In Oscar race, Bill Murray has nothing to fear
BY DAVID GERMAIN December 6, 2012 7:44PM
This film image released by Focus Features shows Bill Murray as Franklin D. Roosevelt in a scene from "Hyde Park on Hudson." (AP Photo/Focus Features, Nicola Dove)
Updated: January 10, 2013 6:19AM
TORONTO — Most stars shun the “O word” — Oscar — when they might be in the running for an Academy Award, not wanting to jinx their chances or look too eager.
Bill Murray has no problem dissecting Hollywood’s highest honors.
A best actor nominee for 2003’s “Lost in Translation,” Murray could have Oscar prospects again as Franklin Delano Roosevelt in “Hyde Park on Hudson,” a comic drama opening Friday.
Murray won a string of key prizes for “Lost in Translation” leading up to the Oscars, including a Golden Globe, an Independent Spirit Award and honors from many critics groups.
When he lost on Oscar night, it was a lesson not to get your hopes up too high, Murray said in an interview.
“You can’t get all ramped up and amped up about this thing all the time,” Murray said. “I mean, I got excited about it once, and it was odd. I won all the prizes, I won literally all the prizes all the way up to the last one. And I really thought, well, ‘I’ve just to go get this thing, I’ll be right back.’
“And then I didn’t win, and I thought, ‘Well, that’s odd. How odd is that? I’m feeling so odd now.’ And I came all dressed up and didn’t win. So I’m not going to get all crazy about that.”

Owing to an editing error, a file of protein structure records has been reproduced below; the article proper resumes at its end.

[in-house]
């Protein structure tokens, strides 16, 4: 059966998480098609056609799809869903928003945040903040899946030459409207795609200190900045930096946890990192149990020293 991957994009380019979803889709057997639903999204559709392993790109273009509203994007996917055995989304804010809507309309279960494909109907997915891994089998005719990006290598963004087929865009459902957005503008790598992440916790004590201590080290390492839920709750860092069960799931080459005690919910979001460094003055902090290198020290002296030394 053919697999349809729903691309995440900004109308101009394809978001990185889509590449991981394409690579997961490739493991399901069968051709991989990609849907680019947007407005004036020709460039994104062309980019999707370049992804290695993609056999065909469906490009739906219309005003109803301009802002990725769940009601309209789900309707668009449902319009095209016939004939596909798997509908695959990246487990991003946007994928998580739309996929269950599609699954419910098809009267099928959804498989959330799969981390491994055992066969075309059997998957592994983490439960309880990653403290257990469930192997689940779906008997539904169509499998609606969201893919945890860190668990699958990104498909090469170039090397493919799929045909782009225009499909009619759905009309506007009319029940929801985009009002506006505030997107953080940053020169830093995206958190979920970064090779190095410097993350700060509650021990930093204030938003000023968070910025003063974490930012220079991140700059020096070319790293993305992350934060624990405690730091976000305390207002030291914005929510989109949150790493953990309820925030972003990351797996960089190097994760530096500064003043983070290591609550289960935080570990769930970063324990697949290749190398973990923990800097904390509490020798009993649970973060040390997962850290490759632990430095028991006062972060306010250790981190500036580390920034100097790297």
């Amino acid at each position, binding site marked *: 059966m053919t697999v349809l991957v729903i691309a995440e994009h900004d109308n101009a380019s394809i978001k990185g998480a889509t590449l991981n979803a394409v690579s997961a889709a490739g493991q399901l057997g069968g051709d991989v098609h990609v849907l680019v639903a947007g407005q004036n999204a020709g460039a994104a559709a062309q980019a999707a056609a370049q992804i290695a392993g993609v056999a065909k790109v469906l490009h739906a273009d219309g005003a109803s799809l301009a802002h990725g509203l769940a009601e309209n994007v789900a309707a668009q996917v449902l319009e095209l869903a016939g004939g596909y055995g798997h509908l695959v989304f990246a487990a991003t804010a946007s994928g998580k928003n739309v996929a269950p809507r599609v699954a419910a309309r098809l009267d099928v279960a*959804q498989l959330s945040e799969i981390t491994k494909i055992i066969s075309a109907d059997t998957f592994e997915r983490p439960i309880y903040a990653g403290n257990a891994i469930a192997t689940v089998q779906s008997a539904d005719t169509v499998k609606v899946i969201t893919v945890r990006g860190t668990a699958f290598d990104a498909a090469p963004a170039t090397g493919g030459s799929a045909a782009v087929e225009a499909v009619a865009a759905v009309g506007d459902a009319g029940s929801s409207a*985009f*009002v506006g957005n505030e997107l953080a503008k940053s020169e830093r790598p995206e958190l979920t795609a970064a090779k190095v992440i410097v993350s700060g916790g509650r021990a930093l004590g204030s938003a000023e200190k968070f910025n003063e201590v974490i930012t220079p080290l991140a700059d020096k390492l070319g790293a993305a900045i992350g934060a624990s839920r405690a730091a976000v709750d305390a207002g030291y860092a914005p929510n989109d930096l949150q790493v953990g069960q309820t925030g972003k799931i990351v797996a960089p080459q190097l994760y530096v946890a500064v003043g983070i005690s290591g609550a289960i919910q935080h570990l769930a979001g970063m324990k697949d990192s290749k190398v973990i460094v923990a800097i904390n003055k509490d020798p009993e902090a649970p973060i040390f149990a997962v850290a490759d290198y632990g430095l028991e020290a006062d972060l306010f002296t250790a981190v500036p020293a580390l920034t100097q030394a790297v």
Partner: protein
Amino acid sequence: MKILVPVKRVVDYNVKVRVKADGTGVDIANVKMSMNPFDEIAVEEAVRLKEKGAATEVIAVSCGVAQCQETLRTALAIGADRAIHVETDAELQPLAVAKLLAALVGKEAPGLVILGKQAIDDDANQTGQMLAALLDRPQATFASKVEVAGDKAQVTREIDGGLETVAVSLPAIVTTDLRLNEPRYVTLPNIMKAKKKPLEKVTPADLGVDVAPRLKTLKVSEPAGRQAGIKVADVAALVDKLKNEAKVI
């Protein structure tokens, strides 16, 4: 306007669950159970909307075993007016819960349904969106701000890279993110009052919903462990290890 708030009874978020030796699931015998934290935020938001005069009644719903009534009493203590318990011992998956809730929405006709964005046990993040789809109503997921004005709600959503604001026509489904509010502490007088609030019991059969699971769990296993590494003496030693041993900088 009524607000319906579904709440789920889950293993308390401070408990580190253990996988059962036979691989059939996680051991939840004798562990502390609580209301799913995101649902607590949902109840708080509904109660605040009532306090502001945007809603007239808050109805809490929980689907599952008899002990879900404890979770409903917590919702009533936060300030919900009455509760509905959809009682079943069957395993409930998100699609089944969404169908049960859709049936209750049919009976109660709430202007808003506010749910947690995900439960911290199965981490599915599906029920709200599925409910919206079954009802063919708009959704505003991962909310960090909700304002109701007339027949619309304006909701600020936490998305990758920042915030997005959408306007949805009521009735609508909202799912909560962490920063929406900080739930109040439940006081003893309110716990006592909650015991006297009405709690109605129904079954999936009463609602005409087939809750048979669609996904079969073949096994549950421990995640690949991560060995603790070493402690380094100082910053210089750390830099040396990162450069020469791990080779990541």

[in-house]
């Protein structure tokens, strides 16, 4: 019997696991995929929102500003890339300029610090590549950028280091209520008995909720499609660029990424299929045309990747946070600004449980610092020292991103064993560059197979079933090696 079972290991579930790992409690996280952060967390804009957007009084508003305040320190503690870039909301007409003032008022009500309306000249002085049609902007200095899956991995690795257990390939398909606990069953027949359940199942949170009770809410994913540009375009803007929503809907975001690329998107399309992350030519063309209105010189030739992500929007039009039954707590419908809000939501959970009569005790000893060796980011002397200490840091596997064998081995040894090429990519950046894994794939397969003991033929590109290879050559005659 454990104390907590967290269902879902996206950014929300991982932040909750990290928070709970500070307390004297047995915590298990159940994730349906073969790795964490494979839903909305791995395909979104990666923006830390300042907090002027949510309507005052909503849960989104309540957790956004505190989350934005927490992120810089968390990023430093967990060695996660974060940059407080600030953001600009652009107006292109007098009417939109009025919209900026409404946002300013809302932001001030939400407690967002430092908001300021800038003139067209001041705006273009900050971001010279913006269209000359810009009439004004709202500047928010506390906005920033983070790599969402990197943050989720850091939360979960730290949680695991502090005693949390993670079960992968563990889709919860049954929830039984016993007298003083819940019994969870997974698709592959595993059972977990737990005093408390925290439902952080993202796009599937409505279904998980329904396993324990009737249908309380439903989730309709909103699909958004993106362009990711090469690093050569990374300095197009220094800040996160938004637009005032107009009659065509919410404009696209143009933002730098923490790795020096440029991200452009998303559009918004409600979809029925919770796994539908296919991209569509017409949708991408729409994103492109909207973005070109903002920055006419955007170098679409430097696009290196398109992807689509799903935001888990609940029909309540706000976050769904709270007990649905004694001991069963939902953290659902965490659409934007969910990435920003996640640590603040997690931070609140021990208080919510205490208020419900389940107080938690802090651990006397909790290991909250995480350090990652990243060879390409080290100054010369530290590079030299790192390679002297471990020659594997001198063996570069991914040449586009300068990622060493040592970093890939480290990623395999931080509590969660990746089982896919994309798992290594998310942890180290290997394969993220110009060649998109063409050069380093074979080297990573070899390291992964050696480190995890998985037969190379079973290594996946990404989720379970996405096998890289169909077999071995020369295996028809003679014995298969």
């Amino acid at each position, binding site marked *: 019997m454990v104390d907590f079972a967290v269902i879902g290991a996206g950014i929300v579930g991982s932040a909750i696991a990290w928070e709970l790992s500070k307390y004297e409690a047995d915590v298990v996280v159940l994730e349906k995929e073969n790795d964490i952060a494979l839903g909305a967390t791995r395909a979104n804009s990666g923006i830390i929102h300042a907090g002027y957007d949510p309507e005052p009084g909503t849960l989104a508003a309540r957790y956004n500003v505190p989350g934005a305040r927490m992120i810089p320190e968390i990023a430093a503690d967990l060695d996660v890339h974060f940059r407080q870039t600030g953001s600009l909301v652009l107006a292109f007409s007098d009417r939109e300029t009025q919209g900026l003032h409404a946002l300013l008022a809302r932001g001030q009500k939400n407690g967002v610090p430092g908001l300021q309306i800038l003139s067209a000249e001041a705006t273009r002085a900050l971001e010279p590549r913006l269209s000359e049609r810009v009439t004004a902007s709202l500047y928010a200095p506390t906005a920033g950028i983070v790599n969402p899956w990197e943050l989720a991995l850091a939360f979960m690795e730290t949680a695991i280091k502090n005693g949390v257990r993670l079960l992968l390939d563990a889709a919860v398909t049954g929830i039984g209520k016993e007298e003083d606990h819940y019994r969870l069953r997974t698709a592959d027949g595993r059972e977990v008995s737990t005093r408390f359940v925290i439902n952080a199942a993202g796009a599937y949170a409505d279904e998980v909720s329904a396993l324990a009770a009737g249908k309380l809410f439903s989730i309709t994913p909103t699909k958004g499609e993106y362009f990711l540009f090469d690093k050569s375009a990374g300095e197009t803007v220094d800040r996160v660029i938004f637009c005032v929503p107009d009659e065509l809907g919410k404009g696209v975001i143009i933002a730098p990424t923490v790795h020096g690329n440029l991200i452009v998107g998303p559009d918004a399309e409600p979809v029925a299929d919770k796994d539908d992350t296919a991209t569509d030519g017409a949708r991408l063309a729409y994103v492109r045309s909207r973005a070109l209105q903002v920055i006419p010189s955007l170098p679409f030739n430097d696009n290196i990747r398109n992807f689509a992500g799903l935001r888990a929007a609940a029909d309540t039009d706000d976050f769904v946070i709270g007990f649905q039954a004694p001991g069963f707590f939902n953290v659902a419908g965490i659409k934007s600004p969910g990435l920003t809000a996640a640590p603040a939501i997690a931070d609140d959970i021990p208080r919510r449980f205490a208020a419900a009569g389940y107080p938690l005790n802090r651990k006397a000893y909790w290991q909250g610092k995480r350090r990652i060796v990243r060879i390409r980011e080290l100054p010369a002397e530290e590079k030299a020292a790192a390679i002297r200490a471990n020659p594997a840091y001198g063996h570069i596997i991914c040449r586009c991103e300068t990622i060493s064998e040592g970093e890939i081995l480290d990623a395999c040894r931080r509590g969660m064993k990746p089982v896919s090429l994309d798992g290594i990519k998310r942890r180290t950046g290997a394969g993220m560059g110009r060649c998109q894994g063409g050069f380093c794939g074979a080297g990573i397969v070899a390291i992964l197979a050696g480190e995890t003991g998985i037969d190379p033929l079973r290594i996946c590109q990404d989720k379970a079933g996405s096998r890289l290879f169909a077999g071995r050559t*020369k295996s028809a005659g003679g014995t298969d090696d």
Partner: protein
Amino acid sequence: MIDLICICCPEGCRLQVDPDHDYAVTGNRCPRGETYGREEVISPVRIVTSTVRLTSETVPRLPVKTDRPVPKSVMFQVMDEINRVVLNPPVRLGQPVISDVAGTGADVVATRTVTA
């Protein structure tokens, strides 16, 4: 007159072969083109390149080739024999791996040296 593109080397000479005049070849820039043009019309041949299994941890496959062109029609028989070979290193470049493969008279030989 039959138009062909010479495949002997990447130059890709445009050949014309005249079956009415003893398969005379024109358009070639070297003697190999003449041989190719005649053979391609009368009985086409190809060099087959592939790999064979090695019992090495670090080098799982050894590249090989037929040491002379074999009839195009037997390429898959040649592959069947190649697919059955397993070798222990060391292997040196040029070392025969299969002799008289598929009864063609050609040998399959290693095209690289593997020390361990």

Murray is a rare comic actor who has evolved into a performer with the depth to create characters that put him into the awards mix with such films as “Rushmore,” ‘‘Get Low” and “Broken Flowers.”
The former “Saturday Night Live” regular and crazy man of “Ghostbusters,” ‘‘Caddyshack” and “Stripes” first dabbled in heavy drama with a 1984 adaptation of W. Somerset Maugham’s “The Razor’s Edge.” Audiences and critics were not kind.
The reaction toughened him up for the inevitable double-takes as people mull the notion: Bill Murray as Franklin Roosevelt?
“Sometimes when you’ve got a biopic,” Murray said, “and they go, ‘Jerry Lewis will play Albert Einstein’ or something, the first thing is, ‘No, don’t buy it. Not for a second.’ ”
He approached Roosevelt with the same thoughts he had when he played writer Hunter S. Thompson in 1980’s “Where the Buffalo Roam.”
“I had the feeling of, like, ‘I’ve got to revere the best of this person,’ ” Murray said. “The same with Roosevelt. I had to revere the best of him.”
Murray’s sister had polio, the disease that crippled Roosevelt, so the actor said he had a strong sense of how to play the president’s body language as he struggles on crutches, is pushed about in a wheelchair or is curled like a child in the arms of aides who lift him in and out of cars.
He has a practical attitude about the value of his awards prospects . “The great thing about the Oscars that’s cool is it means people are going to see your movie. That’s really the deal.”